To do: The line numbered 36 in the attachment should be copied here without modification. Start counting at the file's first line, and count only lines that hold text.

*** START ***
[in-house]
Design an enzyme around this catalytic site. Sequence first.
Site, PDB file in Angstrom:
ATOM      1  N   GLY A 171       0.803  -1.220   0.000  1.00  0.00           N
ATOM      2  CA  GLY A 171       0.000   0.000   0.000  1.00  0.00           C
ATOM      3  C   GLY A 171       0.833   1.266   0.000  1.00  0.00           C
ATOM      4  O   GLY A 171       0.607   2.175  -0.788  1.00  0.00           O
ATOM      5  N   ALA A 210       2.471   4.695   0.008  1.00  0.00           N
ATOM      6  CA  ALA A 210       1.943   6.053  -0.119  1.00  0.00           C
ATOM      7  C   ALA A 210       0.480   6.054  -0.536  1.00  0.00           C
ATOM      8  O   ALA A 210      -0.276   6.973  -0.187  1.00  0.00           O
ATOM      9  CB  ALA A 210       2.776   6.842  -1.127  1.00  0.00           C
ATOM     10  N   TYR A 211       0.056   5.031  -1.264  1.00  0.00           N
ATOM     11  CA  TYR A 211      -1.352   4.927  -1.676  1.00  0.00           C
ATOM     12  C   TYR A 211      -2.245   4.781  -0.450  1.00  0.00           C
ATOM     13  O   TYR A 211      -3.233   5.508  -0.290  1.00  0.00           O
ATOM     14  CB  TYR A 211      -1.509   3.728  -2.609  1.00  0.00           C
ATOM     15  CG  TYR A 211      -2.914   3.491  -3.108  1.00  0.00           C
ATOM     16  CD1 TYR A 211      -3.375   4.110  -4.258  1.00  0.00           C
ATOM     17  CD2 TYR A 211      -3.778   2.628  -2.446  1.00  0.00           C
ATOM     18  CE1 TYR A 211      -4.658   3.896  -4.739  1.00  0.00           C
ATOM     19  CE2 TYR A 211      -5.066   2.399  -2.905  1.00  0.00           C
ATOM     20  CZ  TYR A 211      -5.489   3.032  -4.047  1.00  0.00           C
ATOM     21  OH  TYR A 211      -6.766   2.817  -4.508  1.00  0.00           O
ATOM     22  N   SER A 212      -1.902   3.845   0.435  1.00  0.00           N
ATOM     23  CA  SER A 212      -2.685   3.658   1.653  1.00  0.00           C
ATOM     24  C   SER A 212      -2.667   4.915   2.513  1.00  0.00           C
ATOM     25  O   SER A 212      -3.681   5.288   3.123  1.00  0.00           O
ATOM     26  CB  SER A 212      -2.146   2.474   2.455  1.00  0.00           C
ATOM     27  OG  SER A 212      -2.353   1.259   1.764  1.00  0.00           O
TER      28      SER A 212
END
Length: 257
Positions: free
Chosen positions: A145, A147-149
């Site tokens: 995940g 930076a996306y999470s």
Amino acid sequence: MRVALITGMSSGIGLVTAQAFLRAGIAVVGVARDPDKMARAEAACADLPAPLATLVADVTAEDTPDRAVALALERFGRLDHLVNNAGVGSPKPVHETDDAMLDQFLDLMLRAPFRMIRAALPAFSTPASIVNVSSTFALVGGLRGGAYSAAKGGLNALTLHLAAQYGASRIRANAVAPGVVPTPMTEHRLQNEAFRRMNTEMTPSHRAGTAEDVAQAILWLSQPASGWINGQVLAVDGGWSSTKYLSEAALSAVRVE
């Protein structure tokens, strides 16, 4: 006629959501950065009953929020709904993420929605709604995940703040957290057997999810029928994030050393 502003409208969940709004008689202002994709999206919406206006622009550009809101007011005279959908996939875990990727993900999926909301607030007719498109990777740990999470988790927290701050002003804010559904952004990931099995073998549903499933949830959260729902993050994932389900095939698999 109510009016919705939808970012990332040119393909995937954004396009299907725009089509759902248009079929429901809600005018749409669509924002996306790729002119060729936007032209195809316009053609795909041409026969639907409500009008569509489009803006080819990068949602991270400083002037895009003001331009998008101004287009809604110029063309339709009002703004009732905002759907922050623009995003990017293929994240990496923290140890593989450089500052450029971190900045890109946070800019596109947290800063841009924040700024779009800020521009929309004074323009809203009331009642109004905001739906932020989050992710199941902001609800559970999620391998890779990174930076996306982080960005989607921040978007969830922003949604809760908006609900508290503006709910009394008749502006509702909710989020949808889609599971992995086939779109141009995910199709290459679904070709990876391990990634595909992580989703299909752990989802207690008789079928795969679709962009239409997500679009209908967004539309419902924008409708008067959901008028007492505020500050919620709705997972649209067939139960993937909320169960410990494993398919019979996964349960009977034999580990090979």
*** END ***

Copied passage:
């Site tokens: 995940g 930076a996306y999470s």